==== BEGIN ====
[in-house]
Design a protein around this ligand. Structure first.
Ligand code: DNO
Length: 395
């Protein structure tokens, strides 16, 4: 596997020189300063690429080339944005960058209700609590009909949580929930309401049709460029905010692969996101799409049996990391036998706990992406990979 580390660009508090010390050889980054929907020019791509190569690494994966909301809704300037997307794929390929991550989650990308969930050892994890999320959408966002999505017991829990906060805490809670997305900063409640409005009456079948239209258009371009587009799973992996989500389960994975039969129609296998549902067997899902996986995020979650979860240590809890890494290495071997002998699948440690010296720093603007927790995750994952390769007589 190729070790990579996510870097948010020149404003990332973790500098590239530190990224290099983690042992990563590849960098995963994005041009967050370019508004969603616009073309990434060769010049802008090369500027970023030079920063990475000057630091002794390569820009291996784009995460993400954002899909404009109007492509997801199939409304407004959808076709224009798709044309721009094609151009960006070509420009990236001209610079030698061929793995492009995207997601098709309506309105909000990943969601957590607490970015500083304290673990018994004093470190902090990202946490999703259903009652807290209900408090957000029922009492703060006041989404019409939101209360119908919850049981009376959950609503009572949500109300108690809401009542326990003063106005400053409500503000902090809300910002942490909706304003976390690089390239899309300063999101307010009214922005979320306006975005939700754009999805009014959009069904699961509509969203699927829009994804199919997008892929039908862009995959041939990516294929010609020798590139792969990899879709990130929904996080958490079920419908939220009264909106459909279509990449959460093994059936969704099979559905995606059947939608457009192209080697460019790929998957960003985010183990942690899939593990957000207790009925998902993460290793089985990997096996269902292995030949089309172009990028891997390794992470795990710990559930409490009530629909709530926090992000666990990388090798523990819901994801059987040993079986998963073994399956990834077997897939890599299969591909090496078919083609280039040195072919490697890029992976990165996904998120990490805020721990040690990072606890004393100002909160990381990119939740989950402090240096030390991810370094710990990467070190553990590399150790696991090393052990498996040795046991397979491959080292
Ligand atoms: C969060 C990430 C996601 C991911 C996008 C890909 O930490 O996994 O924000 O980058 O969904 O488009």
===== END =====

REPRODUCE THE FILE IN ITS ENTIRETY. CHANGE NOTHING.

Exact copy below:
[in-house]
Design a protein around this ligand. Structure first.
Ligand code: DNO
Length: 395
């Protein structure tokens, strides 16, 4: 596997020189300063690429080339944005960058209700609590009909949580929930309401049709460029905010692969996101799409049996990391036998706990992406990979 580390660009508090010390050889980054929907020019791509190569690494994966909301809704300037997307794929390929991550989650990308969930050892994890999320959408966002999505017991829990906060805490809670997305900063409640409005009456079948239209258009371009587009799973992996989500389960994975039969129609296998549902067997899902996986995020979650979860240590809890890494290495071997002998699948440690010296720093603007927790995750994952390769007589 190729070790990579996510870097948010020149404003990332973790500098590239530190990224290099983690042992990563590849960098995963994005041009967050370019508004969603616009073309990434060769010049802008090369500027970023030079920063990475000057630091002794390569820009291996784009995460993400954002899909404009109007492509997801199939409304407004959808076709224009798709044309721009094609151009960006070509420009990236001209610079030698061929793995492009995207997601098709309506309105909000990943969601957590607490970015500083304290673990018994004093470190902090990202946490999703259903009652807290209900408090957000029922009492703060006041989404019409939101209360119908919850049981009376959950609503009572949500109300108690809401009542326990003063106005400053409500503000902090809300910002942490909706304003976390690089390239899309300063999101307010009214922005979320306006975005939700754009999805009014959009069904699961509509969203699927829009994804199919997008892929039908862009995959041939990516294929010609020798590139792969990899879709990130929904996080958490079920419908939220009264909106459909279509990449959460093994059936969704099979559905995606059947939608457009192209080697460019790929998957960003985010183990942690899939593990957000207790009925998902993460290793089985990997096996269902292995030949089309172009990028891997390794992470795990710990559930409490009530629909709530926090992000666990990388090798523990819901994801059987040993079986998963073994399956990834077997897939890599299969591909090496078919083609280039040195072919490697890029992976990165996904998120990490805020721990040690990072606890004393100002909160990381990119939740989950402090240096030390991810370094710990990467070190553990590399150790696991090393052990498996040795046991397979491959080292
Ligand atoms: C969060 C990430 C996601 C991911 C996008 C890909 O930490 O996994 O924000 O980058 O969904 O488009």